Winter Kills (film)

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Winter Kills
Winter kills imp.jpg
Directed byWilliam Richert
Produced byDaniel H. Blatt
Fred C. Caruso
Written byWilliam Richert
Based onWinter Kills
by Richard Condon
StarringJeff Bridges
John Huston
Anthony Perkins
Eli Wallach
Sterling Hayden
Belinda Bauer
Dorothy Malone
Tomás Milián
Music byMaurice Jarre
CinematographyVilmos Zsigmond
Edited byDavid Bretherton
Distributed byAVCO Embassy Pictures
Release date
  • May 17, 1979 (1979-05-17)[1]
Running time
97 minutes
CountryUnited States
LanguageEnglish
Budget$6.5 million
Box office$1,083,799

Winter Kills is a 1979 American satirical thriller film written and directed by William Richert, based on the novel of the same name by Richard Condon. A black comedy fictionalising the assassination conspiracy of President John F. Kennedy, its all-star cast includes Jeff Bridges, John Huston, Anthony Perkins, Eli Wallach, Richard Boone, Toshirō Mifune, Sterling Hayden, Dorothy Malone, Belinda Bauer, Ralph Meeker, Elizabeth Taylor, Berry Berenson and Susan Walden.

The film simplifies the plot of the book somewhat, emphasizing humor. It follows the events surrounding the assassination of the fictional President Kegan (patterned after John F. Kennedy). Several years later, Kegan's half-brother Nick (Bridges) discovers leads which suggest there may have been a plot to kill the President.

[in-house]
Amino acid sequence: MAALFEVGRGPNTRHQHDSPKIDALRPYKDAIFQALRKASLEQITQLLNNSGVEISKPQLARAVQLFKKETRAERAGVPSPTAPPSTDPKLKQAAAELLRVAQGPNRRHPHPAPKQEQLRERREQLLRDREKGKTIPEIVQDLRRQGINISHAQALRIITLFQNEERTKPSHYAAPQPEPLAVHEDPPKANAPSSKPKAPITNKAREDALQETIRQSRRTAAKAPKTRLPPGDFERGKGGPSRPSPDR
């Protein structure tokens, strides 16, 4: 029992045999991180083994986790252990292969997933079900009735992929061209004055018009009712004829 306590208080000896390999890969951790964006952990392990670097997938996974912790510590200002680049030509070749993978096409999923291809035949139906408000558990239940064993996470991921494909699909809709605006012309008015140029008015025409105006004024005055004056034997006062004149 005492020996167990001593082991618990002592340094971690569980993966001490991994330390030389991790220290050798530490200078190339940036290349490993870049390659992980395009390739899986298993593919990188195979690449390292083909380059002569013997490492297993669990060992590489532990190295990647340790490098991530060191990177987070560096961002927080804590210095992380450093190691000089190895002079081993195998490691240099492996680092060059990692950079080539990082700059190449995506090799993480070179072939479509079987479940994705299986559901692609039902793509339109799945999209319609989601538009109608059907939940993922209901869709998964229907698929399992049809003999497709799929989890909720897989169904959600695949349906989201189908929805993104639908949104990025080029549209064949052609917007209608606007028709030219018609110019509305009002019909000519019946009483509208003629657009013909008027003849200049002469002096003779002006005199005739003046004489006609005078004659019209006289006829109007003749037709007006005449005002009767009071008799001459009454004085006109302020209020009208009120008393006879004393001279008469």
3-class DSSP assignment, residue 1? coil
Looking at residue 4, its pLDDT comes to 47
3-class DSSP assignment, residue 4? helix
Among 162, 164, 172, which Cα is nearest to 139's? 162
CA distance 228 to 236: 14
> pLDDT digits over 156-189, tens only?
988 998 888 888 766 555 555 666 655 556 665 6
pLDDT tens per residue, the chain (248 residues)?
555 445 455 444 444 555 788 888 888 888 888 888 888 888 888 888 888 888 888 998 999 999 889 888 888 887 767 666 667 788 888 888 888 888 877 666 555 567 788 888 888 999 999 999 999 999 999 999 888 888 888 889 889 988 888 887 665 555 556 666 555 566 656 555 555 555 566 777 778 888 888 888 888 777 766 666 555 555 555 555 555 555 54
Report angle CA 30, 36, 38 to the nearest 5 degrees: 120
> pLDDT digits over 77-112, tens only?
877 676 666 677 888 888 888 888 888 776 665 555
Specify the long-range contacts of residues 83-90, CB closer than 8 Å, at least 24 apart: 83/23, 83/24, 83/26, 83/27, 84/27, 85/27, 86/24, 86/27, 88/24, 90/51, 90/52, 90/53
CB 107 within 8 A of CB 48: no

Most of the film was photographed by cinematographer Vilmos Zsigmond, and the production designer was Robert F. Boyle, who cited the film as one of his favorites.[citation needed] Although Winter Kills was a box office bomb,[2] it has since become a cult classic.[3]

Plot[edit]

On February 22, 1960, President of the United States Joseph Kegan is shot and killed by a sniper during a visit to Philadelphia, Pennsylvania. A subsequent federal investigation named the solr perpetrator to be a lone gunman named Willie Arnold, who is murdered by nightclub owner Joe Diamond before he can stand trial.

19 years later, Nick Kegan, half-brother of Joseph and heir to the wealthy Kegan dynasty, is on his father's oil tanker when a helicopter lands carrying Keifetz, a family associate, and a heavily-bandaged man named Arthur Fletcher. Carried into sick bay, Fletcher tells an orderly that in 1960 he and another gunman were hired by a man named Casper Jr. to assassinate President Kegan, with Arnold set up as a patsy. Fletcher claims to have stashed the rifle used in the assassination in room 903 of the Engleson Building in Philadelphia. Before Nick can question him any further, Fletcher dies of his injuries.